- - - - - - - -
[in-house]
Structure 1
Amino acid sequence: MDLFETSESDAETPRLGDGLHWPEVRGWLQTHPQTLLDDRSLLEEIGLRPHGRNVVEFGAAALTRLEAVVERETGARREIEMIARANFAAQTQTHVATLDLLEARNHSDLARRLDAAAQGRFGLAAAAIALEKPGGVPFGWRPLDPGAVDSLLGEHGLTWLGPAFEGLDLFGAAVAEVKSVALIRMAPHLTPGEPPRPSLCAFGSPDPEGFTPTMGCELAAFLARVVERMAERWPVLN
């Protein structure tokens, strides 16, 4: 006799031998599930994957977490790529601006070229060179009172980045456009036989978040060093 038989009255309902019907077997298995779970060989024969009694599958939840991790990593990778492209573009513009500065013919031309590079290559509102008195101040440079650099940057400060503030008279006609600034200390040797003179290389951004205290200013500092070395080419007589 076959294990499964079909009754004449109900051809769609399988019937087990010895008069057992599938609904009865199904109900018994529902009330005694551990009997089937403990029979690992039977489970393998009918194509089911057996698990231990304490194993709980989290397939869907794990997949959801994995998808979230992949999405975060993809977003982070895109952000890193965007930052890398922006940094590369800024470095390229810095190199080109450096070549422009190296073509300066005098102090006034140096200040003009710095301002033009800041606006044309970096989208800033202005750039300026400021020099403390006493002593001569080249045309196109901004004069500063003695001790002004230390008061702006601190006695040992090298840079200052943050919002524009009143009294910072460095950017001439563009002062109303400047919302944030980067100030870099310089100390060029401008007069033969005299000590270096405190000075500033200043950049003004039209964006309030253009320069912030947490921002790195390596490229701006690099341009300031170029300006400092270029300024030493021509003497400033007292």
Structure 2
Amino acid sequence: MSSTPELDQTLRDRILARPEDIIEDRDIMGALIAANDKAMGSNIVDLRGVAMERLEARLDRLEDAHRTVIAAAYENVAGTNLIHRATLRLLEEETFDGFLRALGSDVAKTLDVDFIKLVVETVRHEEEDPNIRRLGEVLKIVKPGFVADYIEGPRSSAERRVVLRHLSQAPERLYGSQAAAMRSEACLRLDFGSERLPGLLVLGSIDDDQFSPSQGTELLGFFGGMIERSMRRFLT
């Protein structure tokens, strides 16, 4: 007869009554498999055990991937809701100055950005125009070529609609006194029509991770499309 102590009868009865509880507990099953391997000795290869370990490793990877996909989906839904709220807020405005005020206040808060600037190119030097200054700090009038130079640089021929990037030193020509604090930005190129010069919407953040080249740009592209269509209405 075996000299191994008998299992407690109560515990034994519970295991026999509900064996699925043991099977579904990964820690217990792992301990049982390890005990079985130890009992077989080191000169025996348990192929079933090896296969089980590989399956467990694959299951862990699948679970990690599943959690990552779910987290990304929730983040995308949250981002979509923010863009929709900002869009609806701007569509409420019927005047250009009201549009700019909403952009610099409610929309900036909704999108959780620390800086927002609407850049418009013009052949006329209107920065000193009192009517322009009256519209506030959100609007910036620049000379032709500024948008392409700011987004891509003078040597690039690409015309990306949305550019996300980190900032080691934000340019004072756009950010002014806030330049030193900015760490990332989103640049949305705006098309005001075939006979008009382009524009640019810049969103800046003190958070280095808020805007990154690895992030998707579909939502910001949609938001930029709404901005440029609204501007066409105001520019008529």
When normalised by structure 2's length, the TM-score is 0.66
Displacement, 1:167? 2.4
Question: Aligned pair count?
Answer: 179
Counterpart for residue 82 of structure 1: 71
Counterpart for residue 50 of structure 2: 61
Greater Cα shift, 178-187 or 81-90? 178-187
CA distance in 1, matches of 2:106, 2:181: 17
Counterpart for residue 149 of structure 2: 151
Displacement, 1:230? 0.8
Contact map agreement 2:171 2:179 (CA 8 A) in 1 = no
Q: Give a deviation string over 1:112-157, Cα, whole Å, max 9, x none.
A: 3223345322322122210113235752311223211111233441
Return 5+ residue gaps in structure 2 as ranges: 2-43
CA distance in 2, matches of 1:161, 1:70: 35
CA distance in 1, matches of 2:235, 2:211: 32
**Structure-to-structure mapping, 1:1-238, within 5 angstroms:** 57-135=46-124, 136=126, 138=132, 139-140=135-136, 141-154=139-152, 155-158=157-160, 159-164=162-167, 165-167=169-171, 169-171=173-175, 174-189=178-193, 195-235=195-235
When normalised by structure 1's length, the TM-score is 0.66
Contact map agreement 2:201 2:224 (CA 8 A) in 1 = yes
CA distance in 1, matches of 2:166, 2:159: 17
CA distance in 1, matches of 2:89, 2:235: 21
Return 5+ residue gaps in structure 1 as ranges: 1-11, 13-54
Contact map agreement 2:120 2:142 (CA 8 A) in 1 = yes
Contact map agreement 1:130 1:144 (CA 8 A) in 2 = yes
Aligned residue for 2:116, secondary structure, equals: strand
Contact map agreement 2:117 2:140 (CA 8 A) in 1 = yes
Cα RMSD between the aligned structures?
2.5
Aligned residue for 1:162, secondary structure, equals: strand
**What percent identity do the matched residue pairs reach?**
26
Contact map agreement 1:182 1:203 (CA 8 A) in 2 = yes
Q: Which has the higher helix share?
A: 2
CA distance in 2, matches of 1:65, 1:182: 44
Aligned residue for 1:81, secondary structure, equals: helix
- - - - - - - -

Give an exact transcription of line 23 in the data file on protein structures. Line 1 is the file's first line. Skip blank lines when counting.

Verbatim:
CA distance in 1, matches of 2:235, 2:211: 32